Businesses run on contracts, but given their importance, many organizations don’t have true insight into how their employees, partners and customers access and manage contracts today. They could be stored in file cabinets or in folders on personal computers or network drives, in PDF or Excel or multiple other formats, and they can be circulated throughout the organization via email or even paper. The inefficiency – and insecurity!- of these outdated methods becomes apparent whenever a deadline approaches.

And what about the information contained in those contracts? How do you monitor critical dates, deadlines, obligations, or audit changes? Unstructured data in contract management is a dangerous thing because it leaves organizations open to missing something critical. Sadly, some companies don’t realize this until it’s too late or they may not even be aware of missed opportunities or liabilities.

For CIOs, centralizing contracts, related documents, and contract data in a secure, modern, dynamic and digital contract repository is the first and most important step any business can take to achieve contract lifecycle management (CLM) excellence. It’s a huge enabler of any broader digital transformation (DX) strategy, helps mitigate risk, increase compliance, do business faster, and uncover new opportunities.

Digital Contract Transformation Is a Pillar in Your DX Strategy

While digital transformation can broadly be defined as using digital technology to transform organizations, Digital Contract Transformation (DCX) specifically allows businesses to digitize their contracts and CLM processes. With DCX, businesses can harness the wealth of data in their contracts to deliver actionable insights by benchmarking, tracking and optimizing the KPIs most important to their digital transformation and organizational efforts while minimizing risk and ensuring compliance.

Key Performance Indicators You Need To Track

KPIs are all about data – setting benchmarks and tracking performance against them. Without the data, it’s impossible to do. Contract management software allows organizations to leverage that data to not only optimize contract management strategy and processes, but support and influence business objectives such as shortening contract cycles or improving customer experience.

The key CLM KPIs every CIO should track include:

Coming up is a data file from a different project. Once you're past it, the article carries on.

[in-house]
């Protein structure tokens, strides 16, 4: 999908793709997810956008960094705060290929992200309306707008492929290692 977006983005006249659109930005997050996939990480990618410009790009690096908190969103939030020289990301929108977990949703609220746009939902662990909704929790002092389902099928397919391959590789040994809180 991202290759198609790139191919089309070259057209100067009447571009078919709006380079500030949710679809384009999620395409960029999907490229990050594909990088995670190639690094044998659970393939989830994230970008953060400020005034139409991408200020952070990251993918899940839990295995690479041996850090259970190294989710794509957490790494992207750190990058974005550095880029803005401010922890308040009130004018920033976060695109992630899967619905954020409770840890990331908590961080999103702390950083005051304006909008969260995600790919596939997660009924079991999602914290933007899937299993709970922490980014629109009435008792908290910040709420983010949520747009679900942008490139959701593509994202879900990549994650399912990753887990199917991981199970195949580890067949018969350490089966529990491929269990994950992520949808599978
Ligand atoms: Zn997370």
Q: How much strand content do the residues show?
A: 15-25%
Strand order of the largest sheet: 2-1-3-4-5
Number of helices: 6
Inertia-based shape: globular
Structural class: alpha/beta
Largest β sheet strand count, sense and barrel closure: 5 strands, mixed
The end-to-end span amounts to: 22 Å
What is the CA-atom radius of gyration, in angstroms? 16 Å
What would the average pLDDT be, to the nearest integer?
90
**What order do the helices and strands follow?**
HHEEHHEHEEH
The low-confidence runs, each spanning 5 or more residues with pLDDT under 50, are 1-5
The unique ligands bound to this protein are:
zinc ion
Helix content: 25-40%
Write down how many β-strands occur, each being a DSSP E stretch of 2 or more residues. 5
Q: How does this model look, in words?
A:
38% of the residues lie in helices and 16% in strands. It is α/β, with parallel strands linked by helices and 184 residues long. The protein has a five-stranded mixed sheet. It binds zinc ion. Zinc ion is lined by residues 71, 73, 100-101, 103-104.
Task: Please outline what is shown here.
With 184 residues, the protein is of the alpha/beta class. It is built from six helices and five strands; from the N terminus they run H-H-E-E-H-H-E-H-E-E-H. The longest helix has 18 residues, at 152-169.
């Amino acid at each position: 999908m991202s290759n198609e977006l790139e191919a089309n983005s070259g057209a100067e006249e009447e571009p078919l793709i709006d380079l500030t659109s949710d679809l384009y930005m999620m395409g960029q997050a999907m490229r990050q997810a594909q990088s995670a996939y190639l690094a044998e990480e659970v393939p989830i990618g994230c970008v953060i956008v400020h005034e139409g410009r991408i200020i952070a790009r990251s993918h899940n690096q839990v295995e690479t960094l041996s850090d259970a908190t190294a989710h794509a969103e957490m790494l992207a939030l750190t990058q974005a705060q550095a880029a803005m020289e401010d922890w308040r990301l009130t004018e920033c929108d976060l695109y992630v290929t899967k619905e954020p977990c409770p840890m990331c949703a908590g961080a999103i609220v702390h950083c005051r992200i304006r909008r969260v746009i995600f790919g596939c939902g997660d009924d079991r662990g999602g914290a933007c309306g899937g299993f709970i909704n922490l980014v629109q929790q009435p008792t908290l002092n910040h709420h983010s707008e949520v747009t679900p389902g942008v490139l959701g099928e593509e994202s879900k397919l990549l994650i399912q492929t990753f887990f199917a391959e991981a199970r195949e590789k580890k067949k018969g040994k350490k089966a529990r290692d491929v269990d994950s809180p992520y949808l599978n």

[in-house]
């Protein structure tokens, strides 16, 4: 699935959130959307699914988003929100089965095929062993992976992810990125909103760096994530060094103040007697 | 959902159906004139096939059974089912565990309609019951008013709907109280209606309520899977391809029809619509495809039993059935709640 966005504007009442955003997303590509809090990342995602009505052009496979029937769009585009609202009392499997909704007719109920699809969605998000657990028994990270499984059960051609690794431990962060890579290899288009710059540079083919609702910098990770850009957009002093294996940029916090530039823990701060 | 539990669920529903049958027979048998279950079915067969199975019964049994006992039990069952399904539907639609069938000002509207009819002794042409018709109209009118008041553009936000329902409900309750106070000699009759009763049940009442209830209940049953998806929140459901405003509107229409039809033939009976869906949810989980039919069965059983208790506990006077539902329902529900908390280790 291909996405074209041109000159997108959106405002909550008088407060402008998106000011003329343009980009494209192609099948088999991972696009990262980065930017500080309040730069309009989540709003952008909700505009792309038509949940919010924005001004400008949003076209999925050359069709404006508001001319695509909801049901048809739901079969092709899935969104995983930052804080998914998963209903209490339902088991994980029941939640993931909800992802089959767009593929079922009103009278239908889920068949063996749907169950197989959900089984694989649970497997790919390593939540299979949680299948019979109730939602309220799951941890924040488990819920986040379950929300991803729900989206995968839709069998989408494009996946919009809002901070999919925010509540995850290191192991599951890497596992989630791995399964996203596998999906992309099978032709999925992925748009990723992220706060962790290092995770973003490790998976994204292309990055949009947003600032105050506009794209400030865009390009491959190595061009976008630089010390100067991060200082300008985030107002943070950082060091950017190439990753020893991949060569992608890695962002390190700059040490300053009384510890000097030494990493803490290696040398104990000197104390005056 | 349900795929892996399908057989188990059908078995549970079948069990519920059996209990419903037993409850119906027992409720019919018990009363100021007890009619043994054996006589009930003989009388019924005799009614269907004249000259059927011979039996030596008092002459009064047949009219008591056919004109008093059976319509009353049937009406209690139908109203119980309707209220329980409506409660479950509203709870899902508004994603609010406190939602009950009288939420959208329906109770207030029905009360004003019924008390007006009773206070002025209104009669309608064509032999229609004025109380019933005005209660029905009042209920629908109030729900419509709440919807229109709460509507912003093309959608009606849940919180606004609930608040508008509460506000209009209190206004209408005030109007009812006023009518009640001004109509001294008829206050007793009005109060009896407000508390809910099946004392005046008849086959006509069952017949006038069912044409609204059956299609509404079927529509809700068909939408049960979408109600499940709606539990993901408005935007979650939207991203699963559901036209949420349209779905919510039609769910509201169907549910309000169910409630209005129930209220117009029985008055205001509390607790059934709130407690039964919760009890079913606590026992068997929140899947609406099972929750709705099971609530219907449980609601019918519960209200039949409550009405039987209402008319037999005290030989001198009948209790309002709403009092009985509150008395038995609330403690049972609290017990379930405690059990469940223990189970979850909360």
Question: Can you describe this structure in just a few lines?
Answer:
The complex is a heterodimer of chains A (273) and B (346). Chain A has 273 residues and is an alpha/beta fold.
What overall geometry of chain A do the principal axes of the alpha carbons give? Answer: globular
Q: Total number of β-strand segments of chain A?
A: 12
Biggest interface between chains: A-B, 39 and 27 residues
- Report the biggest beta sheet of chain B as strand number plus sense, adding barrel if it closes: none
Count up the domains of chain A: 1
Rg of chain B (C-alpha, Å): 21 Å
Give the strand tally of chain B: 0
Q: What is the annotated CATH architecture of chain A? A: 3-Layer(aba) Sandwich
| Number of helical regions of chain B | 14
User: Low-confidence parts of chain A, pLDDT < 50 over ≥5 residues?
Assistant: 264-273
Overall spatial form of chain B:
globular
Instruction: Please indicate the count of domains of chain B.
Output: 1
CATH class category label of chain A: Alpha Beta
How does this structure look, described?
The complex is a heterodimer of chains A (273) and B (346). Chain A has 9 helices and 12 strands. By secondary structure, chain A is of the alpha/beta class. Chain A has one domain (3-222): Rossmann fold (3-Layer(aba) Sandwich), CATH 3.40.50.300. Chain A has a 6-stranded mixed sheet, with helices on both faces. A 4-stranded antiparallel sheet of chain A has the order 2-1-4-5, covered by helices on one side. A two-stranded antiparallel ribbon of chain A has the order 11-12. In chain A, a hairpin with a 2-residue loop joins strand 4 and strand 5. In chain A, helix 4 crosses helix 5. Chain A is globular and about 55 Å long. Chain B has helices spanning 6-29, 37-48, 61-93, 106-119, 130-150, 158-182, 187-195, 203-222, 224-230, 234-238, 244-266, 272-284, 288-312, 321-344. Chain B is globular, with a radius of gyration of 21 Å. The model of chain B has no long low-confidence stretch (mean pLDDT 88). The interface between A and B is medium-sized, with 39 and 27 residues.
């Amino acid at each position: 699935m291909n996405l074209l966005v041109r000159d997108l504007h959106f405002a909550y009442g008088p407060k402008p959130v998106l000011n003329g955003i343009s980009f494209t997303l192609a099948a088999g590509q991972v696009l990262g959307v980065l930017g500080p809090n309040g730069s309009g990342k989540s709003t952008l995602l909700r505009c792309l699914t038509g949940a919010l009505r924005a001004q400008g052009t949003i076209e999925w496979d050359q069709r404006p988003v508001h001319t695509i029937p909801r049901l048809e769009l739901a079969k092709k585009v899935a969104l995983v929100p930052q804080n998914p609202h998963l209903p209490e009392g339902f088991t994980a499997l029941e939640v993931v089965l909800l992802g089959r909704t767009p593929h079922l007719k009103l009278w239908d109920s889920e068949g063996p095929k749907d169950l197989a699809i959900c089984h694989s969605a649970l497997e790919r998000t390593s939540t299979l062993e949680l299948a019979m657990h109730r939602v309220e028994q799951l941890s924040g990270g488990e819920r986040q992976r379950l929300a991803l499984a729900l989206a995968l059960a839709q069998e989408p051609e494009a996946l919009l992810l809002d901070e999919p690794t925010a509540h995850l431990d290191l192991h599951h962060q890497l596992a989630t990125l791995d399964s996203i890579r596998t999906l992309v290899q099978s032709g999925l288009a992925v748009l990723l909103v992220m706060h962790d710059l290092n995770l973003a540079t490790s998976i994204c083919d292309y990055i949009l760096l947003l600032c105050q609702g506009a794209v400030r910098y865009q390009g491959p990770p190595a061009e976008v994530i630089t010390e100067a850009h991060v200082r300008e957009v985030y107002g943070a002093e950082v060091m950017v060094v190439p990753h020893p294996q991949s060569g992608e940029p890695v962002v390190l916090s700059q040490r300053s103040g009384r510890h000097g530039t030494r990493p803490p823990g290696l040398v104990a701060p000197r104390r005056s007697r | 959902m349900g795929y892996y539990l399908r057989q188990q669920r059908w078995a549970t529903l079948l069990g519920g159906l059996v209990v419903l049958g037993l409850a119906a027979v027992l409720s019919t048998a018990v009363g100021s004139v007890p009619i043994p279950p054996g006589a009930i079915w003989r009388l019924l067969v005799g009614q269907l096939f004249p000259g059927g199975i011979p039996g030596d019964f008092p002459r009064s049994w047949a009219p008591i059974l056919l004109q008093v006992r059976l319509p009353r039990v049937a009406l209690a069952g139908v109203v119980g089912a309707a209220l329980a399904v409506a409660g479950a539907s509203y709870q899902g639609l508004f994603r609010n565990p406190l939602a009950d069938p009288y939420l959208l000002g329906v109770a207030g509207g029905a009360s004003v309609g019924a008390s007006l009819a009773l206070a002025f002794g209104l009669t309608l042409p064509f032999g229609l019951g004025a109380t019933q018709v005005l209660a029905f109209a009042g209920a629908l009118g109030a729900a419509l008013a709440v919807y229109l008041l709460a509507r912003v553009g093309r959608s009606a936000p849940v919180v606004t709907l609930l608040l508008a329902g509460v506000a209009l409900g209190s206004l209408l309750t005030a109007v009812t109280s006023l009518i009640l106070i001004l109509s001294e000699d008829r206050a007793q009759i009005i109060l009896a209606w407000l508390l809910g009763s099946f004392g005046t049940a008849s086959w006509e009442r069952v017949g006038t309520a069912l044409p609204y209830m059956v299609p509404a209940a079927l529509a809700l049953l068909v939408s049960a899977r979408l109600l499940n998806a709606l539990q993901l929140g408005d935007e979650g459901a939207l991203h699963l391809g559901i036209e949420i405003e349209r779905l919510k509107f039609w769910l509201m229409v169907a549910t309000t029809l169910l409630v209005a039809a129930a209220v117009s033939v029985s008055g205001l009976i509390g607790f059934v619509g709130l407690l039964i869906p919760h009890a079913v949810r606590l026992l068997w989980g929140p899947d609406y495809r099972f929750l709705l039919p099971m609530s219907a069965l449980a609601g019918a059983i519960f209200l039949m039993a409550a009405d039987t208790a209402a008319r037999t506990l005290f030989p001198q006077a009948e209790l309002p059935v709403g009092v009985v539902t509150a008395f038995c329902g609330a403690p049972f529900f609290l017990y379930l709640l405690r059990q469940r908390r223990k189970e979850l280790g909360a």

1. Average Number of Days in a Contract Lifecycle

When things are complex, they tend to take longer. This foundational KPI allows you to benchmark the current average total number of days in a contract lifecycle, and identify opportunities to improve it.

  1. Average Time to Achieve Contract Milestones

This KPI is focused on the pre-execution phase of a contract and understanding the average time to reach and execute each contract milestone like requesting an agreement, drafting one or negotiating it. How long does it take, are those time frames acceptable, and what can be done to improve them?

  1. Ratio of Complete, Outstanding and Missed Contract Obligations

The consequence of a missed obligation can be small or it can be huge. For this KPI, you’ll want to understand the ratio of complete, outstanding, and missed obligations and see how that varies by things like department or vendor.

  1. Total Value of Active Contracts

This total value of all active contracts being managed is a good KPI to monitor the health of not just your CLM process, but the overall business.

  1. Total Volume of Contracts in Process

This is a good way to help monitor your team’s workloads and high-level sales and purchasing activity.

  1. Total Number of Inbound Contract Requests

Knowing the total number of inbound contract requests, and the nature of how they are coming in, is key. And from a time management perspective, what percentage are accepted, rejected or declined and why?

  1. Number of Contracts by Risk Level

This KPI is about tracking the number of contracts by risk level and type like buy-side vs. sell-side or financial vs. brand risk.

  1. Number of Contracts by Required Compliance Controls

For this KPI, track the number of contracts by required compliance controls from both an internal and external regulatory requirement perspective.

  1. Percentage of Failed Contract Renewals

One of the big advantages of this KPI is it allows organizations to identify ways to prepare for and get out in front of renewals, especially ones scored as high risk.

  1. Frequency of Approved Language Use

For this KPI, benchmark and track the percentage of contracts generated on your own paper vs. third-party paper. The more agreements you have on your paper the more likely the use of your legal approved language and the lower the risk.

  1. Percent of Contracts Executed with E-Signatures

When it comes to e-signature, track the percent reduction on the total number of days from when the contract is sent out for signature to the execution of it. E-signatures can significantly accelerate that timeframe so pushing adoption of them should be a priority.

A modern contract management system centralizes all contracts, associated documents, and contract data in a secure, dynamic and digital contract repository. This allows CIOs to not only digitize contracts and processes, but also makes contract data instantly accessible and actionable for business intelligence purposes and digital transformation.

A version of this post originally appeared here.

Read more: The Different Phases of Contract Management